Robots

Robots

Zenith (2016)

2016 Robot: Zenith

2016 Robot: Zenith

2016 Robot: Zenith

2016 Robot: Zenith
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For the 2016 game, FIRST Stronghold, 1816's robot features a versatile drive train and a rotating arm with a pneumatic piston to shoot the ball. Our game strategy is to breach 4 out of 5 defenses, including the low bar, and shoot into the high goal. We made a short video, sharing a few insights into Zenith's design: https://www.youtube.com/watch?v=pgtCI7D4cws






Zebruh (2015)

2015 Robot, Zebruh

2015 Robot, Zebruh

2015 Robot, Zebruh

2015 Robot, Zebruh
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Zebruh, our 2015 robot, has proven to be an incredible engineering challenge. At the center of our robot is a 72" linear slide and claw system, providing a wide range of extension from 3" off the ground to 75" at the highest limit. The elevator-style pulley system is powered by a two CIM gearbox, with spool 3D printed by our sponsor, Stratasys. The spool effectively lifts, holds and lowers the elevator cable via a position controlled PID loop. The claw is designed with hooks that, within two seconds, will grab two totes at the same time and raise both totes to complete a tower of up to five totes. The claw can also top a stack of five totes with a round "recycling" container. For a highly maneuverable drivetrain, a 6-wheeled Omni-drive was utilized with 4 wheels driving forward and in reverse. The remaining wheels are mounted perpendicular to the others, and between the front and back wheels respectively, to provide lateral movement without compromising the ability to traverse the scoring platform.





Zeke (2014)

2014 Robot, Zeke

2014 Robot, Zeke

2014 Robot, Zeke

2014 Robot, Zeke
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The Green Machine's 2014 robot, Zeke, has a mecanum drive train for optimal maneuverability. Our robot is fitted with a catapult shooter fabricated out of harpoon tubing elastic. The tubing is designed to glide smoothly over a roller 3D printed by Stratasys. Our plan is to shoot into the high goal with reasonable accuracy. Zeke also has a wheeled ball collector, which doubles as a low goal shooter. The robot is able to catch the giant exercise balls and shoot over the mid-field truss.





Zed (2013)

2013 Robot, Zed

2013 Robot, Zed

2013 Robot, Zed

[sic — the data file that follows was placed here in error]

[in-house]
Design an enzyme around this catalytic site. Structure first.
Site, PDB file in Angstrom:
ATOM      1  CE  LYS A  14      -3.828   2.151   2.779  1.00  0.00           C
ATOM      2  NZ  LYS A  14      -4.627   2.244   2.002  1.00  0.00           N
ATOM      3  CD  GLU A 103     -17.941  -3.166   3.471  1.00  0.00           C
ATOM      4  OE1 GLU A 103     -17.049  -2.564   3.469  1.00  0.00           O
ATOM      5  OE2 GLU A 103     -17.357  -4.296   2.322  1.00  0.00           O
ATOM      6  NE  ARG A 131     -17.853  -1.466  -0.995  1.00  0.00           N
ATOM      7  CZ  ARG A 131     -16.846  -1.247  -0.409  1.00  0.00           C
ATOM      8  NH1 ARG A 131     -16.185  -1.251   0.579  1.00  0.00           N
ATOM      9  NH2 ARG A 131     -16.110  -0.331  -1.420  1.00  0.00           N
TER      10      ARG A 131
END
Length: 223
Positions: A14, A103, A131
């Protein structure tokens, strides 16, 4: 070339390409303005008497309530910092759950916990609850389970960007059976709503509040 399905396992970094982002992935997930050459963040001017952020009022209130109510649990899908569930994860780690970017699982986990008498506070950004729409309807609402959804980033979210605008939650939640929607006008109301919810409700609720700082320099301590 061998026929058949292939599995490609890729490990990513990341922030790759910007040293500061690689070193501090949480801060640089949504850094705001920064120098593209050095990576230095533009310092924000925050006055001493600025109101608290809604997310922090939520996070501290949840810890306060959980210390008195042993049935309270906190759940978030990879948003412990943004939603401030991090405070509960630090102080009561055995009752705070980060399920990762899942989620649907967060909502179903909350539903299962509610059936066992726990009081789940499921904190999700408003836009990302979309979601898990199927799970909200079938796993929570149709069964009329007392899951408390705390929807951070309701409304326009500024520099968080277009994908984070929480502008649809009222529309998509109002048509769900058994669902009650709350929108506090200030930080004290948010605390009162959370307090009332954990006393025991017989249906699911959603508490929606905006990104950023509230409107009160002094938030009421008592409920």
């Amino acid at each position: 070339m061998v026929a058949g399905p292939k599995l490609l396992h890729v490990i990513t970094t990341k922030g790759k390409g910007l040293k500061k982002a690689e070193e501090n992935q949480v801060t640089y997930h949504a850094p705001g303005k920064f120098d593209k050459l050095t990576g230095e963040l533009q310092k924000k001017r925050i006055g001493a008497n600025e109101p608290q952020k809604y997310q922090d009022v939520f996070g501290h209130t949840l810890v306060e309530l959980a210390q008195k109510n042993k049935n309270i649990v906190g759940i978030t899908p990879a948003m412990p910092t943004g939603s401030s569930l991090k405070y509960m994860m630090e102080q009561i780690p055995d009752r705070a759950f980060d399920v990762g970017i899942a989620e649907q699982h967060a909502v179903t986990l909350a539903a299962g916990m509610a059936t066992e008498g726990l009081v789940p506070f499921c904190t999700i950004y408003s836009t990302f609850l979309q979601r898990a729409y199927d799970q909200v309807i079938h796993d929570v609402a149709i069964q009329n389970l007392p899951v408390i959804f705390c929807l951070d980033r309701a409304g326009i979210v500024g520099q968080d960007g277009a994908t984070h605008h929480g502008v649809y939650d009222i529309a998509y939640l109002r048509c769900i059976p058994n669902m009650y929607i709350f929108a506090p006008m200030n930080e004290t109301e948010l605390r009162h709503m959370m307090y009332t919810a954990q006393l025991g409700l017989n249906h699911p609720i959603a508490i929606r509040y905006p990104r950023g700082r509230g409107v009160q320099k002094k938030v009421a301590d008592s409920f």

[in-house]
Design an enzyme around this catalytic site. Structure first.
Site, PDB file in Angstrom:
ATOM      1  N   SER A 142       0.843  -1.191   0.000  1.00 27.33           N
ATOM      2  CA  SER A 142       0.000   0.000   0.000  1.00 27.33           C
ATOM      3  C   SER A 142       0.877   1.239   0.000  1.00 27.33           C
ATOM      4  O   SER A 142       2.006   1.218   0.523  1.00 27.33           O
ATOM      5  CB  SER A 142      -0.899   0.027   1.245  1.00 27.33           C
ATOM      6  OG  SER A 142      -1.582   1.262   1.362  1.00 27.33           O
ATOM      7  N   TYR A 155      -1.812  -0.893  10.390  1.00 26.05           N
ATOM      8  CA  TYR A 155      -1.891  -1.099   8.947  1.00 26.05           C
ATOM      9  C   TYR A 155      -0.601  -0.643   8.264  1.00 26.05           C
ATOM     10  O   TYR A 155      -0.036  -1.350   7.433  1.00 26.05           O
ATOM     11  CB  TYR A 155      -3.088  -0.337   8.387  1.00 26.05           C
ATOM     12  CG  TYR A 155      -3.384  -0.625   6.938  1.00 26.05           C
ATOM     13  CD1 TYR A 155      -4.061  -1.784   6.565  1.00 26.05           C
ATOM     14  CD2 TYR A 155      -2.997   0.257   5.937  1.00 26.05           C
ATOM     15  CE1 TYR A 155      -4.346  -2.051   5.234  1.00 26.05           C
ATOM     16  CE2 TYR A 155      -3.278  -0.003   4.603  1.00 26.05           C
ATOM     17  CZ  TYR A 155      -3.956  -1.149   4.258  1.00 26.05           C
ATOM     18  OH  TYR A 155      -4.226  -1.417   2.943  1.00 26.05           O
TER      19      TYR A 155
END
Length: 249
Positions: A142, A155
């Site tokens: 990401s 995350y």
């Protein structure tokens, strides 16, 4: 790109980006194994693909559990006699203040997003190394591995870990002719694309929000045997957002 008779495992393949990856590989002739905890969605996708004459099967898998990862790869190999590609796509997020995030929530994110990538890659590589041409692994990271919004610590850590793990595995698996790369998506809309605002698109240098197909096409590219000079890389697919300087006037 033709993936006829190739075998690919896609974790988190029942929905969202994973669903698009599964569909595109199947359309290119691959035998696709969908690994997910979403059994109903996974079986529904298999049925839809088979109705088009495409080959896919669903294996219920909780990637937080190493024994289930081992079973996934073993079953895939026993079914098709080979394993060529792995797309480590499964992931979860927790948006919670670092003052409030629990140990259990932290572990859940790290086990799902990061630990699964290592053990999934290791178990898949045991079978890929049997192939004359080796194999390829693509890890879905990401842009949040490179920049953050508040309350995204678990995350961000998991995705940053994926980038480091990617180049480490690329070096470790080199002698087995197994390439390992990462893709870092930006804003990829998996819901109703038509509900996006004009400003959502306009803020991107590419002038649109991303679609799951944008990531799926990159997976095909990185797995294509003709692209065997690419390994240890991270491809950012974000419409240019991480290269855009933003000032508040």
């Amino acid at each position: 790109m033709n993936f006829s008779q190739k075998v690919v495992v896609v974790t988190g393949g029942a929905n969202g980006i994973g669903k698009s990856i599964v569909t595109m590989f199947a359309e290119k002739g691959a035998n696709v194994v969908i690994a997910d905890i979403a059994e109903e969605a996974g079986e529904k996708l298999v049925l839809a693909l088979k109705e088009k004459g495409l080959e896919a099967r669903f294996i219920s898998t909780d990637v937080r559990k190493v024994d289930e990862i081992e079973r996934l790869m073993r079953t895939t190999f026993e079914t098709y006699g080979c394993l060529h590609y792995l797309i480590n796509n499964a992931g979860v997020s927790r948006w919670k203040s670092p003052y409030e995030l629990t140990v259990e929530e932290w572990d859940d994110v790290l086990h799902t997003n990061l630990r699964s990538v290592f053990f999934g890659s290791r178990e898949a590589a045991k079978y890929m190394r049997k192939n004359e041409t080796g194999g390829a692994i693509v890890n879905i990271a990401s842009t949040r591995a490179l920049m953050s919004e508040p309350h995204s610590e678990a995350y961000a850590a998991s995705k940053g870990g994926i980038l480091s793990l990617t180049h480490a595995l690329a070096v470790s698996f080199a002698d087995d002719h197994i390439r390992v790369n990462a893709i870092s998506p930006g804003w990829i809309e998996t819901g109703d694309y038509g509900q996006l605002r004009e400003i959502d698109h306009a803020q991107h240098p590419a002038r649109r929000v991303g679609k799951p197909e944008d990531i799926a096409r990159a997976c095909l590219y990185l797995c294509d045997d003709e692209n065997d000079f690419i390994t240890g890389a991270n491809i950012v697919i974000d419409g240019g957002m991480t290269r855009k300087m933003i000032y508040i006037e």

2013 Robot, Zed
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The 2013 robot, Zed, built for the game Ultimate Ascent was an incredible robot for the Green Machine. This robot has a linear shooter programmed to aim for the uppermost three point goal from half field and a mecanum drive train that enables speedy maneuvering. One of the unique things about Zed is the 3-D printed augers from our sponsor, Stratasys, that allowed us to raise and lower up to three Frisbee discs stashed inside of the robot. The height adjuster for the shooter was a threaded shaft attached to a snow blower motor. Zed also used part of this mechanism used to hang from the first rung of the pyramid.

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Zephyr (2012)

2012 Robot, Zephyr

2012 Robot, Zephyr

2012 Robot, Zephyr

2012 Robot, Zephyr
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Zephyr, our 2012 FIRST Robot, aims to be both mobile and accurate when it comes to shooting the ball in REBOUND RUMBLE. The four-tread design gives Zephyr the ability to cross over the bump in the middle of the field, as well as a turn on a dime. The robot also has super-shifters, allowing for greater control which will aid in balancing alone or in tandem on the bridge. In addition, Zephyr has a street-sweeper-like ball collector in the front. We use flat, rubber stars to bring the balls into the conveyor belt system. The conveyor belt system brings the balls though the middle of the robot and up to its turntable-mounted ball shooter. With the rotating shooter on the top of the robot, Zephyr is able to aim and make shots from anywhere on the field. In tests, the shooter consistently hits its target from distances of 30+ feet! With all of these elements combined, it will make a great competition robot!

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Zeebo (2011)

2011 Robot, Zeebo

2011 Robot, Zeebo

2011 Robot, Zeebo

2011 Robot, Zeebo.
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Zeebo, our 2011 Team 1816 robot, went for both the minibot and game piece placement aspects of the LOGO MOTION game. Zeebo has a double-jointed motorized arm with pneumatic claw to place the inflated innertube game pieces on the pegboard. The arm can reach up to 126.5 inches, well in reach of the highest pegs. The drive train is made up of six-wheel drive with eight inch wheels. The two middle wheels are lowered an eighth of an inch for better turning ability. This drive train is powered by four CIM motors in two Super Shifters with a low gear of 4.167 ft/s for pushing power and a high gear of 8.334 ft/s for speed. Zaboomafoo, the minibot, uses DC motors to both reach and trigger the sensor in approximately four seconds delivered by a pneumatic deployment system affectionately called “Jericho.” The robot utilizes the new photosensors to track the lines in both the autonomous and teleoperated periods, and a camera to aid in game piece placement and minibot deployment. Zeebo and Zaboomafoo make a highly competitive team.